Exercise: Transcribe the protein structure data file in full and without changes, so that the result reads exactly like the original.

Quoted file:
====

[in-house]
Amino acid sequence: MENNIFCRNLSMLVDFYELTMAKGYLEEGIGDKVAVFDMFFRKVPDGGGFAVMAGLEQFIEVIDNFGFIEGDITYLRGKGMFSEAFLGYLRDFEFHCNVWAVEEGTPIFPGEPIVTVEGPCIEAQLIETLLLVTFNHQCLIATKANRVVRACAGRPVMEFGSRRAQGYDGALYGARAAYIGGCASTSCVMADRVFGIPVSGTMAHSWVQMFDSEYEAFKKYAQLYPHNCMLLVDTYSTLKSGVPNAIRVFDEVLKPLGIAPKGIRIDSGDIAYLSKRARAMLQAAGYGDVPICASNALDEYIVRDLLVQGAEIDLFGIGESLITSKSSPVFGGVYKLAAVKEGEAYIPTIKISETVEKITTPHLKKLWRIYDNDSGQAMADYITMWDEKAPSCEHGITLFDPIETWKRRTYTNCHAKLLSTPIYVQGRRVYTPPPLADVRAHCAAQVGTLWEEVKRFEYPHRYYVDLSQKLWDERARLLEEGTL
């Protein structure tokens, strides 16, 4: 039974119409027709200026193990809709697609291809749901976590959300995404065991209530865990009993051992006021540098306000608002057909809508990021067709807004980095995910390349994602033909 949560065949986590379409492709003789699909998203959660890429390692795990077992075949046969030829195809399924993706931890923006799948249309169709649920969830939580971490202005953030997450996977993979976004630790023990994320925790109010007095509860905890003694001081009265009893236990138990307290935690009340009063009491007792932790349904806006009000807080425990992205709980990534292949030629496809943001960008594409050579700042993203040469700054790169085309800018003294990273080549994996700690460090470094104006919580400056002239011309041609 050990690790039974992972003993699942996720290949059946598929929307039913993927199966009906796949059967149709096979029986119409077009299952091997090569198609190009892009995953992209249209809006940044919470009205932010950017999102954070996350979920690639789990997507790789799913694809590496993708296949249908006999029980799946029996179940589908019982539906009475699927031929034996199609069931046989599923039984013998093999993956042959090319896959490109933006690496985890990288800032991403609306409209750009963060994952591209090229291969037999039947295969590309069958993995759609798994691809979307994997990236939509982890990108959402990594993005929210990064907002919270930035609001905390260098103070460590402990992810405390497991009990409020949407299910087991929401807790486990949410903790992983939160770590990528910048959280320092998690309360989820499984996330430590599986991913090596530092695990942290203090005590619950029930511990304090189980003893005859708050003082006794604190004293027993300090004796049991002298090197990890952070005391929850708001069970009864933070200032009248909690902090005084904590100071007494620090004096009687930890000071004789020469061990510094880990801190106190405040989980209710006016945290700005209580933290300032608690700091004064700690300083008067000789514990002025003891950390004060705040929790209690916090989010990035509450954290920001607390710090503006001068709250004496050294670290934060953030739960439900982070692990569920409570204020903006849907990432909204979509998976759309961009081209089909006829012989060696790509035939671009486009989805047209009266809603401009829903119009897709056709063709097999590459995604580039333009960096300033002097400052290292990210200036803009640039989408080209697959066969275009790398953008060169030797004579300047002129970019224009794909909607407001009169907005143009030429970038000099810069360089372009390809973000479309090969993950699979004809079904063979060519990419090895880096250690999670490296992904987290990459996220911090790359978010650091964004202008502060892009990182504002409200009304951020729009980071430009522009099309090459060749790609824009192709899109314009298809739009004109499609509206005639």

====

[in-house]
Amino acid sequence: MENNIFCRNLSMLVDFYELTMAKGYLEEGIGDKVAVFDMFFRKVPDGGGFAVMAGLEQFIEVIDNFGFIEGDITYLRGKGMFSEAFLGYLRDFEFHCNVWAVEEGTPIFPGEPIVTVEGPCIEAQLIETLLLVTFNHQCLIATKANRVVRACAGRPVMEFGSRRAQGYDGALYGARAAYIGGCASTSCVMADRVFGIPVSGTMAHSWVQMFDSEYEAFKKYAQLYPHNCMLLVDTYSTLKSGVPNAIRVFDEVLKPLGIAPKGIRIDSGDIAYLSKRARAMLQAAGYGDVPICASNALDEYIVRDLLVQGAEIDLFGIGESLITSKSSPVFGGVYKLAAVKEGEAYIPTIKISETVEKITTPHLKKLWRIYDNDSGQAMADYITMWDEKAPSCEHGITLFDPIETWKRRTYTNCHAKLLSTPIYVQGRRVYTPPPLADVRAHCAAQVGTLWEEVKRFEYPHRYYVDLSQKLWDERARLLEEGTL
């Protein structure tokens, strides 16, 4: 039974119409027709200026193990809709697609291809749901976590959300995404065991209530865990009993051992006021540098306000608002057909809508990021067709807004980095995910390349994602033909 949560065949986590379409492709003789699909998203959660890429390692795990077992075949046969030829195809399924993706931890923006799948249309169709649920969830939580971490202005953030997450996977993979976004630790023990994320925790109010007095509860905890003694001081009265009893236990138990307290935690009340009063009491007792932790349904806006009000807080425990992205709980990534292949030629496809943001960008594409050579700042993203040469700054790169085309800018003294990273080549994996700690460090470094104006919580400056002239011309041609 050990690790039974992972003993699942996720290949059946598929929307039913993927199966009906796949059967149709096979029986119409077009299952091997090569198609190009892009995953992209249209809006940044919470009205932010950017999102954070996350979920690639789990997507790789799913694809590496993708296949249908006999029980799946029996179940589908019982539906009475699927031929034996199609069931046989599923039984013998093999993956042959090319896959490109933006690496985890990288800032991403609306409209750009963060994952591209090229291969037999039947295969590309069958993995759609798994691809979307994997990236939509982890990108959402990594993005929210990064907002919270930035609001905390260098103070460590402990992810405390497991009990409020949407299910087991929401807790486990949410903790992983939160770590990528910048959280320092998690309360989820499984996330430590599986991913090596530092695990942290203090005590619950029930511990304090189980003893005859708050003082006794604190004293027993300090004796049991002298090197990890952070005391929850708001069970009864933070200032009248909690902090005084904590100071007494620090004096009687930890000071004789020469061990510094880990801190106190405040989980209710006016945290700005209580933290300032608690700091004064700690300083008067000789514990002025003891950390004060705040929790209690916090989010990035509450954290920001607390710090503006001068709250004496050294670290934060953030739960439900982070692990569920409570204020903006849907990432909204979509998976759309961009081209089909006829012989060696790509035939671009486009989805047209009266809603401009829903119009897709056709063709097999590459995604580039333009960096300033002097400052290292990210200036803009640039989408080209697959066969275009790398953008060169030797004579300047002129970019224009794909909607407001009169907005143009030429970038000099810069360089372009390809973000479309090969993950699979004809079904063979060519990419090895880096250690999670490296992904987290990459996220911090790359978010650091964004202008502060892009990182504002409200009304951020729009980071430009522009099309090459060749790609824009192709899109314009298809739009004109499609509206005639």